S boulardii was discovered by Henry Boulard in the early 1920s and was first registered as a drug in 1961.65 S cerevisiae and S boulardii CNCM I-745 are members of the same species with different metabolic and genetic properties.66 One important difference in favor of S boulardii CNCM I-745 is an increased expression of important genes for increased growth rate and better survival in acid pH.67

A meta-analysis of data from five randomized-controlled trials showed efficacy of S boulardii in preventing antibiotic-associated diarrhea in children and adults (mainly respiratory tract infections).68 Finally, S boulardii has a well investigated mode of action,69 the quality of 15 probiotic products containing S boulardii was verified70 and the ESPGHAN Working Group for Probiotics and Prebiotics recommended S boulardii for acute gastroenteritis.71

Professor Yvan Vandenplas concluded that probiotics do differ, and only products that have been clinically tested should be used in medical indications. The (theoretical but existing) possibility of transfer of intrinsic resistance is a valid reason to not use strains that have not been tested for this potential risk.

Saccharomyces boulardii CNCM I-745

This session was a series of 3 interactive workshops dedicated to S boulardii CNCM I-745.

Clinical evidence in children
Probiotics have been extensively studied over the past several years in treating sporadic infectious diarrhea in pediatric populations. The vast majority of the published trials show a statistically significant benefit of a few, well-identified probiotic strains, including S boulardii.72 Probiotics were also found to reduce the risk of antibiotic associated diarrhea (AAD) in children and for every 7-10 patients one less would develop AAD.73

Professor Vandenplas reviewed clinical evidence of S boulardii CNCM I-745 in pediatrics. Recently, research has focused on newborn and preterm infants, despite of the fact that S boulardii is not registered or indicated in this age group.

A review and meta-analysis showed that S boulardii is safe and has clear beneficial effects in children who have acute diarrhea.74 Pooling data from 22 trials showed that S boulardii significantly reduced the duration of diarrhea, stool frequency on day 2 and day 3, the risk for diarrhea on day 3 and day 4 after intervention compared with control.74 A randomized trial in children with acute infectious diarrhea confirmed such results and showed that the mean length of hospital stay was shorter with more than 36 h of difference in the S boulardii group (4.60 ± 1.72 vs 6.12 ± 1.71 days, p <0.001).75 Moreover, the pooled evidence a total of 82 randomized clinical trials (RCTs) suggested that probiotics are associated with a reduction in AAD.76 A randomized trial in 333 hospitalized children with acute lower respiratory tract infection, showed efficacy and safety of S boulardii to treat diarrhea and AAD.77 A meta-analysis of 11 randomized clinical trials (RCTs; 2200 participants, among them 330 children) showed that the addition of S boulardii to the standard triple therapy significantly increased the eradication rate of Hp infection.78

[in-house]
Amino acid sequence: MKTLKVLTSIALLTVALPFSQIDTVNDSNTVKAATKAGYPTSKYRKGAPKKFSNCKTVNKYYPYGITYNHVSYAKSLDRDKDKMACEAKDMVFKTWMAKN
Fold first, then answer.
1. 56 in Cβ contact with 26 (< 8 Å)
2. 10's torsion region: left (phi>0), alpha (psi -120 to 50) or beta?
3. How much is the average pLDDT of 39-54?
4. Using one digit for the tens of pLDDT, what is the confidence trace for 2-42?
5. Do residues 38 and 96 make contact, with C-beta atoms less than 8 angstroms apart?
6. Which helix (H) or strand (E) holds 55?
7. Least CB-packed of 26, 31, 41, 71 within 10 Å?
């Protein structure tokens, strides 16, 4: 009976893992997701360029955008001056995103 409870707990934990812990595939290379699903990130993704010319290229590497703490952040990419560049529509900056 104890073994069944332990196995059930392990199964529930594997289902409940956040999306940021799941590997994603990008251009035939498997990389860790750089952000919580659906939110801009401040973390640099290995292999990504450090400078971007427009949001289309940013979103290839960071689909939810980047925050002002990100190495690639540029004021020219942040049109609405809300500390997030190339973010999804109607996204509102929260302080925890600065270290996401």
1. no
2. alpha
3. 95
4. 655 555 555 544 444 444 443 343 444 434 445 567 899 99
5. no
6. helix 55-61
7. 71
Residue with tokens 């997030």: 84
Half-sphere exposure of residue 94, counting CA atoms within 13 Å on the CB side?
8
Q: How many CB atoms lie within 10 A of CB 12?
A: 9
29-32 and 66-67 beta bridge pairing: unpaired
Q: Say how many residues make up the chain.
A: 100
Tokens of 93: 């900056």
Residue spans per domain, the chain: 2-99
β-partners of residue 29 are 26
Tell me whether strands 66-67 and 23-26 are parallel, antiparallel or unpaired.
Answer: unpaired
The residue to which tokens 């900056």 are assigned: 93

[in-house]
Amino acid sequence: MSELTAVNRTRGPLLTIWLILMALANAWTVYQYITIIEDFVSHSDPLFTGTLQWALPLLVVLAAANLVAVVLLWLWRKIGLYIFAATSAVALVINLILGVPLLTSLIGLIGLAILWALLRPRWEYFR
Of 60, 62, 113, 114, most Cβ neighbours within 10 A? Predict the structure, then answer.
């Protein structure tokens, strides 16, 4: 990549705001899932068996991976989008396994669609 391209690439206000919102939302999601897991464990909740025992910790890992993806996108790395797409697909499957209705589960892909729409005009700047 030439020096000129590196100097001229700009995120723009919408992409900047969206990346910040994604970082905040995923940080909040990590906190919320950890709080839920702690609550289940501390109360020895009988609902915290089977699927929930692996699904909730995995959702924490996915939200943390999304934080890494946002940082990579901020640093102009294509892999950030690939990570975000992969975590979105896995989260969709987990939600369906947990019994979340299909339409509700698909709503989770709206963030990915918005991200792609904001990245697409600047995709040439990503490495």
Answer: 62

There are new promising results in newborns.79 S boulardii has been shown to decrease and shorten neonatal jaundice. In preterm infants, born at 30-37 weeks of gestation, an enhanced weight gain and feeding tolerance was shown, resulting in a decreased hospital stay. However, Prof Vandenplas does still not recommend the routine use of S boulardii in newborns.

Clinical evidence in adults
In the last twenty years we have witnessed a real revolution in the use of probiotics. However, choosing the right probiotic for each disease is a matter of discussion. To advance in this controversy, we need to know the available evidence.

Professor Henry Cohen reviewed clinical evidence of S boulardii CNCM I-745 in adults. S boulardii CNCM I-745 is used in adults to treat AAD, C difficile associated diarrhea (CDAD), traveler’s diarrhea (TD) as well as in combination with therapy for Helicobacter pylori (Hp) infection.

Diarrhea is a relatively frequent adverse event, accounting for about 7% of all drug adverse effects.80 More than 700 drugs have been implicated in causing diarrhea. Antimicrobials are responsible for 25% of drug-induced diarrhea, via the alteration of gut microbiota.80, 81 Several studies and meta-analyses provided a good body of evidence supporting the efficacy and safety of S boulardii CNCM I-745 to prevent AAD in adults.68, 69, 82, 83 Compared with placebo, treatment with S boulardii reduced the risk of AAD by 6.7%-17.2% (RR 0.43; 95% CI).68

C difficile is the main cause of nosocomial infectious diarrhea and the causative agent of antibiotic-associated colitis, but is not the main agent of mild AAD in out-patients.84 The combination of standard antibiotics and S boulardii CNCM I-745 was also an effective and safe therapy to prevent recurrence of CDAD.85, 86

TD is a common health complaint among travelers, with rates ranging from 5% to 50%, depending on the destination.87 A meta-analysis showed that several probiotics (S boulardii and a mixture of lactobacillus acidophilus and bifidobacterium bifidum) had a significant efficacy for prevention of TD.87

A recent meta-analysis showed that, the addition of S boulardii to the standard triple therapy significantly increased the eradication rate of Hp infection, although to levels still below target values.78

Unique to probiotics is that they are alive when administered, and unlike other food or drug ingredients, possess the potential for infectivity or in situ toxin production.88 Manufacturers of probiotics registered as drugs such as S boulardii CNCM I-745, are subject to rigorous safety procedures by Health Evaluation Authorities. One of the main issues concerns the quality control and safety of probiotics that are being prescribed and sold over the counter. In other words, there are more and more probiotics with scarce scientific evidence on the safety of their composition and no knowledge of side effects or drug interactions.